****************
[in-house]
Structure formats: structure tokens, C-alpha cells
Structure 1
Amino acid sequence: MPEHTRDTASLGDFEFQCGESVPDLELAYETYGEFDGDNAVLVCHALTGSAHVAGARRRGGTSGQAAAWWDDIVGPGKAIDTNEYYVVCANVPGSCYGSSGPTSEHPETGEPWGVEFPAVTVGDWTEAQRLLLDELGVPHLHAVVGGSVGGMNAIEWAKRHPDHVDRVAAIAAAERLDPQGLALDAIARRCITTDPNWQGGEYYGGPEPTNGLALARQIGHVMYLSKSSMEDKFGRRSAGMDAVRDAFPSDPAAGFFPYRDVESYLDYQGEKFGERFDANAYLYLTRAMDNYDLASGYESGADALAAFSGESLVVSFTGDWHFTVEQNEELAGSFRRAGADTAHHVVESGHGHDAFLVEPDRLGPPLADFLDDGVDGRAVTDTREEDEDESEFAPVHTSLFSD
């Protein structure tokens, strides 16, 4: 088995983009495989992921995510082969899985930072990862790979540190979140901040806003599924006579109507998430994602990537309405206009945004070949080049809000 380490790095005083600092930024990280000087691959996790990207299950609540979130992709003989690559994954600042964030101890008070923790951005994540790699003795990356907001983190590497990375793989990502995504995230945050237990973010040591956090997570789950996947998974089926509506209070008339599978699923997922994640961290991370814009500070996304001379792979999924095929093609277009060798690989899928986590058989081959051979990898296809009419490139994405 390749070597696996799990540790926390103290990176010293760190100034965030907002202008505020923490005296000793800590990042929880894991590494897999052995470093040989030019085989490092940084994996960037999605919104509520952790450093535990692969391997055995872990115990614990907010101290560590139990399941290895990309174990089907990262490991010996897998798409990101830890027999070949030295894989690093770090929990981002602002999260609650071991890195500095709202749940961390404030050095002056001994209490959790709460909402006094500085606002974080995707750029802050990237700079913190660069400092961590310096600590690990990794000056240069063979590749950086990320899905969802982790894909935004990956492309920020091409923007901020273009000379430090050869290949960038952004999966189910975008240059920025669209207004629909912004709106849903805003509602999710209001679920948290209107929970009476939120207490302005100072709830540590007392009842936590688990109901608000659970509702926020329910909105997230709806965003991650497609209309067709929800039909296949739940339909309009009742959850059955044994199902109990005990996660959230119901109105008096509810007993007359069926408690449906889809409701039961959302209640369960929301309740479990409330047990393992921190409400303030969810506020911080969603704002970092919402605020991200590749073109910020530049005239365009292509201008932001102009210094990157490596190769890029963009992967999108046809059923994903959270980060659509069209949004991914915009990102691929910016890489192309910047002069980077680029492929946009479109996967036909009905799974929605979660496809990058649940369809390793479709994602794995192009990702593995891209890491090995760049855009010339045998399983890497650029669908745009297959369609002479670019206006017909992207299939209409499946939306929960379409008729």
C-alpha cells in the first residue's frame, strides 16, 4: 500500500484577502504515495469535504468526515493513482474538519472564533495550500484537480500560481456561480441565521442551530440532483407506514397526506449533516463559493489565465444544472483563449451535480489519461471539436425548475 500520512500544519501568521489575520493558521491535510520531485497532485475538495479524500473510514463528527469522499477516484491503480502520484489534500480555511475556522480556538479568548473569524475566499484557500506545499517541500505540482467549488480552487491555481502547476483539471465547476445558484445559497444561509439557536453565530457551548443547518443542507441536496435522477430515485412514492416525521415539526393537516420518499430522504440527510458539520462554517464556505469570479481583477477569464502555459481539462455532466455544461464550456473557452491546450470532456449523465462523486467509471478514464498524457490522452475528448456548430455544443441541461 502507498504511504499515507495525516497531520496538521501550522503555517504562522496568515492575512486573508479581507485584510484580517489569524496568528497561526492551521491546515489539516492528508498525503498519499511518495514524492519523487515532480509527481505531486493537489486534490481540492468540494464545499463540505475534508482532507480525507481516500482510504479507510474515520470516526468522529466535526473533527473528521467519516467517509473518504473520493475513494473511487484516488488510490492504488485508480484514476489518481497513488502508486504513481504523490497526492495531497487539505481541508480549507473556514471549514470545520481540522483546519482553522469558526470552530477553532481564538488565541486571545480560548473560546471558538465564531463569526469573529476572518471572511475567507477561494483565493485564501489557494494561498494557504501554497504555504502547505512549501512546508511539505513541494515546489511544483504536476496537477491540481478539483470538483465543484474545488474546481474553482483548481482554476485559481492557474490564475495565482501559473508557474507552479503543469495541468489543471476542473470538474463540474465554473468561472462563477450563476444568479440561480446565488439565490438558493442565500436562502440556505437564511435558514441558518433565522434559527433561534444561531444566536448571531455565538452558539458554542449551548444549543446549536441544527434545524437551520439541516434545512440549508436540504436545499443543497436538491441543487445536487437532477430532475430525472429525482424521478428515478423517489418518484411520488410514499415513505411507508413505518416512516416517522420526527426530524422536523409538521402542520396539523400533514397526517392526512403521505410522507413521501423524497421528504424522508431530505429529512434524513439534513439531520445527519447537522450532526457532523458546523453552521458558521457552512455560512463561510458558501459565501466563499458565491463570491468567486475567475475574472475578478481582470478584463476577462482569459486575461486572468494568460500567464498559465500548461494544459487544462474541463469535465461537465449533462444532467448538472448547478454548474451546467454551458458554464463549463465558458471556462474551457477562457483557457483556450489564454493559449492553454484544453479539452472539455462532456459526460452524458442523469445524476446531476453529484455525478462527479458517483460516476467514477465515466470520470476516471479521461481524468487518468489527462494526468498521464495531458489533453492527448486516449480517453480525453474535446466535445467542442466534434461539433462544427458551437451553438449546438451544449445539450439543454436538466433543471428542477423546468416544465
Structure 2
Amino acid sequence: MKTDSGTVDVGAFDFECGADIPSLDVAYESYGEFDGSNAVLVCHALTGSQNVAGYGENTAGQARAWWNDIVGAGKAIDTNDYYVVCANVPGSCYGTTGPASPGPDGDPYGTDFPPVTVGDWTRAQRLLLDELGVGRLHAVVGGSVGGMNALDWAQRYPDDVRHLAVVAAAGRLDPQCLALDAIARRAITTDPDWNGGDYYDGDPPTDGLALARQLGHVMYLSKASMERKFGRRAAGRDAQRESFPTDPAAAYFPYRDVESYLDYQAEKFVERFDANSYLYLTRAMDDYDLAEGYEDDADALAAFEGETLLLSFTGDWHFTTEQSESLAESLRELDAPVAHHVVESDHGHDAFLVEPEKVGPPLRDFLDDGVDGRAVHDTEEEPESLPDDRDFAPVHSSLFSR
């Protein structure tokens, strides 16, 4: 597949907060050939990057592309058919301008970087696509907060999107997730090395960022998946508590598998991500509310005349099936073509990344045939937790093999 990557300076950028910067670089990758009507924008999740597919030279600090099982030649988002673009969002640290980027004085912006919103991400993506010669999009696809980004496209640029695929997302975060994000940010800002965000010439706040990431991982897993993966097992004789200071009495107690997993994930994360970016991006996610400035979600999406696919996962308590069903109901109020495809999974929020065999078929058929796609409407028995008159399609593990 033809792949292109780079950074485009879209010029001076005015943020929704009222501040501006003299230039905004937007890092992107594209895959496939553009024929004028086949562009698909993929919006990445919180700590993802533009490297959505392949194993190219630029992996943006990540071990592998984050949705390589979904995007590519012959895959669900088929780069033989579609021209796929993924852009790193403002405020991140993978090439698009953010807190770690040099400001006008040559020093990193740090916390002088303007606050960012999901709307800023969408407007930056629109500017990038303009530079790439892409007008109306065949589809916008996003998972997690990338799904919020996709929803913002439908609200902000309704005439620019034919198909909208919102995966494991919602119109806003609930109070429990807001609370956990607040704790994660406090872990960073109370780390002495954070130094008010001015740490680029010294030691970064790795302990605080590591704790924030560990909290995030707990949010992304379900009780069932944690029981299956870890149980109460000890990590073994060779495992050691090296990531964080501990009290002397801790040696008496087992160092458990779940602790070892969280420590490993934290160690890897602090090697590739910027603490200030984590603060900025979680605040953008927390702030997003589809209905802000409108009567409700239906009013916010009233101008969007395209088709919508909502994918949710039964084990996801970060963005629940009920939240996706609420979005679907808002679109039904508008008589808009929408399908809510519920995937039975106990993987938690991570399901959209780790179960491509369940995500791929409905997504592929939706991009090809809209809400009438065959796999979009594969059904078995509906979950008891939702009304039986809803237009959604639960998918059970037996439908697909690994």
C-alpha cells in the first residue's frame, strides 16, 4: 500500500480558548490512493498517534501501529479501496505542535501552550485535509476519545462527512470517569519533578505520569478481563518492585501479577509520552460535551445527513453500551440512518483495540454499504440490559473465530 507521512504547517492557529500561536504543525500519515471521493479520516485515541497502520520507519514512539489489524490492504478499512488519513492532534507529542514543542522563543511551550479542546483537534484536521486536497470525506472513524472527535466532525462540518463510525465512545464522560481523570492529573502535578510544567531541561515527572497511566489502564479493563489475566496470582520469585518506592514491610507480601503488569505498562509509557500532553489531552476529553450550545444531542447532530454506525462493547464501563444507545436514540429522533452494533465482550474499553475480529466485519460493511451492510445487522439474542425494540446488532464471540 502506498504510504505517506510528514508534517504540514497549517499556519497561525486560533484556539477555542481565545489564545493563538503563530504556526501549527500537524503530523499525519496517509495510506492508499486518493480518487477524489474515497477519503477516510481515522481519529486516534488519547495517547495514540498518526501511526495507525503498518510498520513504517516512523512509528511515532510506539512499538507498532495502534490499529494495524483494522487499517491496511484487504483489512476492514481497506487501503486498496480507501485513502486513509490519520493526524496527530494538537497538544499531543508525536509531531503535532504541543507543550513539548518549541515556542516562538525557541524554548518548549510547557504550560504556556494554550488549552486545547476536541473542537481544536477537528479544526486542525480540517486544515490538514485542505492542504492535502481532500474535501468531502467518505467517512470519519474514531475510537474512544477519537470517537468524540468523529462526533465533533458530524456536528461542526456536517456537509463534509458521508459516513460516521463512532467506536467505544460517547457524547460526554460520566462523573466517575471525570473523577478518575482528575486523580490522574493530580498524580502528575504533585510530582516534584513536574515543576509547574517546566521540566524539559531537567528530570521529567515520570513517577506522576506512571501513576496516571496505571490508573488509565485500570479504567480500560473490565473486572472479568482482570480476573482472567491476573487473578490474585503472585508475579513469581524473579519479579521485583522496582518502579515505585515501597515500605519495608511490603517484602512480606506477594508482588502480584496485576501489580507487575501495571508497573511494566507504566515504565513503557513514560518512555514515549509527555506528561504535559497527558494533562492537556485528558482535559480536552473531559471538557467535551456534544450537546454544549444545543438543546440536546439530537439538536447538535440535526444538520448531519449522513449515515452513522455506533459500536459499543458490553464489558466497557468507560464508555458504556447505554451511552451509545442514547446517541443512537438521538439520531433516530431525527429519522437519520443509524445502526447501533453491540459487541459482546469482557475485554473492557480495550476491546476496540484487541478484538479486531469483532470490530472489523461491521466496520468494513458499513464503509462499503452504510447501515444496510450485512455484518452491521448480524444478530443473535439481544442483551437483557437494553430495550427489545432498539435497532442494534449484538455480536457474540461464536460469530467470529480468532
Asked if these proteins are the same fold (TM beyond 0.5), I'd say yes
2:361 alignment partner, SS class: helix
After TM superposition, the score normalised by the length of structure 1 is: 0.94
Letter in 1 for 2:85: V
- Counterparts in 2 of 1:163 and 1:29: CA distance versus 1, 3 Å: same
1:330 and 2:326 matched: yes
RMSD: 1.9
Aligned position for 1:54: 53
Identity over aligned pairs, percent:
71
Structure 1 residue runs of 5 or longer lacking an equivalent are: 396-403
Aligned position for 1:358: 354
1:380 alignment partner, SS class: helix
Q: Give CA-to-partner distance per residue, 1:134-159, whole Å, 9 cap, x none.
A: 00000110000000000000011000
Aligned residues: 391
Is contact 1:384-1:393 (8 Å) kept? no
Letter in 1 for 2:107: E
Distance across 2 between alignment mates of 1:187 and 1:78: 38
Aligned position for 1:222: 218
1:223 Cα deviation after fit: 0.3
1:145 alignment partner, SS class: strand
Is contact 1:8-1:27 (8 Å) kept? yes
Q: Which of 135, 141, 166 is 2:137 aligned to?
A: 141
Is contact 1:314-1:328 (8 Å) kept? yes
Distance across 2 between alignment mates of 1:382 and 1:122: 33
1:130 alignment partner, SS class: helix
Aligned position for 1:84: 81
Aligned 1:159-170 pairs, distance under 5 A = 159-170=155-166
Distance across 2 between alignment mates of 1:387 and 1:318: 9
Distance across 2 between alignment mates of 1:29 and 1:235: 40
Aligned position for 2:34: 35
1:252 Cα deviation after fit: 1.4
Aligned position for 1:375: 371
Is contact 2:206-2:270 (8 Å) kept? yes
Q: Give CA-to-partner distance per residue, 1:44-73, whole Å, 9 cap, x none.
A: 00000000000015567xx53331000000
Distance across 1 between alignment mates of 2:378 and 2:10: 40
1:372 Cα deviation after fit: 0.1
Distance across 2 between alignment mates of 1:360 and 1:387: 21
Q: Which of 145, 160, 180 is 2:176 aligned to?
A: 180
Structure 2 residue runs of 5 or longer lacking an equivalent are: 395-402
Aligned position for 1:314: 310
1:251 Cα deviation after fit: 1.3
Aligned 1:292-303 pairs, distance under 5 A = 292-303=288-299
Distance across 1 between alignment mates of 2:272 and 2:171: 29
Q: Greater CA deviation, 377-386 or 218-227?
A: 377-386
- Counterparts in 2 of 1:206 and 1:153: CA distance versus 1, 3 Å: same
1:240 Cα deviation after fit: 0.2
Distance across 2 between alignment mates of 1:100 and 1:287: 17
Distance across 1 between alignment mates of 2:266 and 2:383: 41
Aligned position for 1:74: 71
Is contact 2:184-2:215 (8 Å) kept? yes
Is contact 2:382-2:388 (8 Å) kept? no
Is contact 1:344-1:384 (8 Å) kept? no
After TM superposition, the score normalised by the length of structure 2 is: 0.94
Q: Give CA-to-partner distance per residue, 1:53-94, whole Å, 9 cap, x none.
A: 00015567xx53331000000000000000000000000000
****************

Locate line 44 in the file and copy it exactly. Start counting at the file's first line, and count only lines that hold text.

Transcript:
1:252 Cα deviation after fit: 1.4